The Group of Ministers (GoM), on the proposed pharma pricing policy, will meet tomorrow and is expected to take a final call before it sends its recommendations to the Cabinet and the Supreme Court. The court has already given an ultimatum to the government, asking it not to delay the policy any more.
In its last hearing, on September 11, the SC had slammed the government, saying, if it does not take a decision by the next hearing it will pass an interim order. After that, the ministerial panel, headed by Agriculture Minister Sharad Pawar, had met on September 24, and broadly decided to bring in 348 essential medicines under the purview of price control. It also deliberated on a pricing mechanism based on weighted average of all medicines with a minimum of five per cent market share, as suggested by the commerce ministry. However, it is yet to finalise the formula.
Meanwhile, the matter is also scheduled to come for an hearing at SC tomoroow itself.
Officials, in know of developments, say that the ministerial panel is likely to finalise the pricing formula in its Thursday meeting, but may seek some more time from SC to finalise and draft its recommendations. This would be the fifth meeting of this GoM.
Industry officials say prices of medicines are expected to drop significantly in the near future if the government decides to adopt the formula, based on weighted average and brings in 348 medicines under price control. According to a sample study conducted by Indian Pharmaceutical Alliance, prices of essential drugs are likely to fall by an average of 20 per cent.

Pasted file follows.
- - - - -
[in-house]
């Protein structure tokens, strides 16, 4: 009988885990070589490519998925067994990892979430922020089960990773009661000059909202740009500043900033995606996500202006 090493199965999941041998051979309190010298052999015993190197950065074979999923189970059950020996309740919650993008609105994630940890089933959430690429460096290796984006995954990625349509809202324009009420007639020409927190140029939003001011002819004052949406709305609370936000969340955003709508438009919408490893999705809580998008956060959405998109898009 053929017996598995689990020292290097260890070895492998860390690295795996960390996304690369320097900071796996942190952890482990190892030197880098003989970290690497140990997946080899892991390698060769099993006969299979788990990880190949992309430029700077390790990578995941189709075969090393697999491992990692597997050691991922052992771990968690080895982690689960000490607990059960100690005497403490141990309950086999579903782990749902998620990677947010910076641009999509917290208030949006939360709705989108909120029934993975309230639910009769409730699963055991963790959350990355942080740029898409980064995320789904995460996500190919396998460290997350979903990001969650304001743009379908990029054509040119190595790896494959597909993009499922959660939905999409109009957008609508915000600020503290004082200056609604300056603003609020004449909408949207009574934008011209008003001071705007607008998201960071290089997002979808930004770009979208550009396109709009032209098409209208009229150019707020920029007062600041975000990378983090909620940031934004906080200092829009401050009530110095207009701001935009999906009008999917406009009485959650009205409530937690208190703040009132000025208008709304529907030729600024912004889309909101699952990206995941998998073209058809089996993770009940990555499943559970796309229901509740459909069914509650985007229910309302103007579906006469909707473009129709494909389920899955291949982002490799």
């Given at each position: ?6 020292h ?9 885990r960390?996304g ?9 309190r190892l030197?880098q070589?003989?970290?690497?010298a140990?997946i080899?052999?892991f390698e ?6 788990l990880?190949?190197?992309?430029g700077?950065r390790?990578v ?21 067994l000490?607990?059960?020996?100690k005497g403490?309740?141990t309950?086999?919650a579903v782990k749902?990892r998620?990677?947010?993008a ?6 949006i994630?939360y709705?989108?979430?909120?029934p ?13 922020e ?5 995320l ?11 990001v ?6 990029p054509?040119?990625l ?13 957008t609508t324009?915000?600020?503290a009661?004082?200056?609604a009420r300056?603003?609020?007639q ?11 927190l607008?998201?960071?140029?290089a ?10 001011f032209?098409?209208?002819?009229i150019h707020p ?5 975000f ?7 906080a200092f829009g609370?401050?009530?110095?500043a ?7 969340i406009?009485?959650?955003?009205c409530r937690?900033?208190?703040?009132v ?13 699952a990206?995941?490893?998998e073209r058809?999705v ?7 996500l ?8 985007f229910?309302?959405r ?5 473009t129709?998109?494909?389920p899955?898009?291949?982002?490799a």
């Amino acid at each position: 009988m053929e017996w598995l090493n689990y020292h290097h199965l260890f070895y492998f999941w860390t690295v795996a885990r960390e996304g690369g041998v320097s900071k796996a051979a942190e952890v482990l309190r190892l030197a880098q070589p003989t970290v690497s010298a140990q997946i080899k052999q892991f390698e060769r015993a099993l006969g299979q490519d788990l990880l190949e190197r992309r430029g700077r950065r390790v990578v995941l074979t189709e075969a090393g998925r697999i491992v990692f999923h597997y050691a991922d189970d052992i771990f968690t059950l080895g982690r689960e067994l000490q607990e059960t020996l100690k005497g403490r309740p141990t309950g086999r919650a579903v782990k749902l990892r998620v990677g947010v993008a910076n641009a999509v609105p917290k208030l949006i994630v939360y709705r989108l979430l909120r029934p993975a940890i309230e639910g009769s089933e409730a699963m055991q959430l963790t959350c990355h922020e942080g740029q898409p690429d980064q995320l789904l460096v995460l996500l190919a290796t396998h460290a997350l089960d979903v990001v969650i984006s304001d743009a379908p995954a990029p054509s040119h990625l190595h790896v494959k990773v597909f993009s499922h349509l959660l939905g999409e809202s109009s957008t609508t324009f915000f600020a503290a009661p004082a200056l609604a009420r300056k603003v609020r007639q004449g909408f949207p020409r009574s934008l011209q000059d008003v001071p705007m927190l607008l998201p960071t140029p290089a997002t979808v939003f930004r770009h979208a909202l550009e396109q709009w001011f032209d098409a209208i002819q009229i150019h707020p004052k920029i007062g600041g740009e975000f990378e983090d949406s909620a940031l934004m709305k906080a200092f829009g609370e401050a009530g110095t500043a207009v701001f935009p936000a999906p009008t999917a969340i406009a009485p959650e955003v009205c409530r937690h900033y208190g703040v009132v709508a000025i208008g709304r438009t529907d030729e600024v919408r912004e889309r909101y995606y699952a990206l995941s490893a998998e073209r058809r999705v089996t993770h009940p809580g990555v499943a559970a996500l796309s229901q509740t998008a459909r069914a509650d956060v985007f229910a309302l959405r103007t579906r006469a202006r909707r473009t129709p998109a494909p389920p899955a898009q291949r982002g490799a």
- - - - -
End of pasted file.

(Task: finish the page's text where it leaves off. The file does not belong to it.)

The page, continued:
The range of price reduction may vary from 24 per cent to even 95 per cent in some cases, the study, conducted on some commonly used brands of pain management, allergies, cardiovascular disorders and blood thinners etc, shows. Besides, with the new policy in place, around 30 per cent of the market is expected to come under direct purview of price control as against 18 per cent currently. This would also mean around 10-12 per cent of revenue loss for the industry on essential medicines, the study says.
The domestic pharma market is estimated to be at around Rs 65,000 crore annually.
Experts point out that if the government decides to finalise this proposal, drugs, mainly insulins, imported by multinational companies may have to take a huge hit. As per the new proposed policy, the ceiling price will be applicable on imported drugs as well. “There will be no separate determination of ceiling prices for imported drugs falling under the span of control,” the draft NPPP says. Under the current cost-plus mechanism, used for price regulation of medicines, prices of imported drugs are capped based on their landed cost declared by the company. Hence, imported drugs get an advantage over the indigenously manufactured ones because the regulator does not have the wherewithal to cross check the landed cost.
However, according to IPA director general DG Shah, though the industry will be impacted due to price reductions, the weighted average mechanism is still better than the cost-plus formula.
“If the cost-based mechanism is adopted for 348 medicines, the industry will have to suffer a revenue loss of more than 50 per cent,” Shah said. Currently, the government controls prices of only 74 bulk drugs and formulations containing one or more of these bulk drugs through cost-plus-profit mechanism. For all other medicines, companies are allowed to hike prices up to 10 per cent annually and for any increase beyond that they are required to seek approval of the National Pharmaceutical Pricing Authority (NPPA), the pricing regulator in the sector.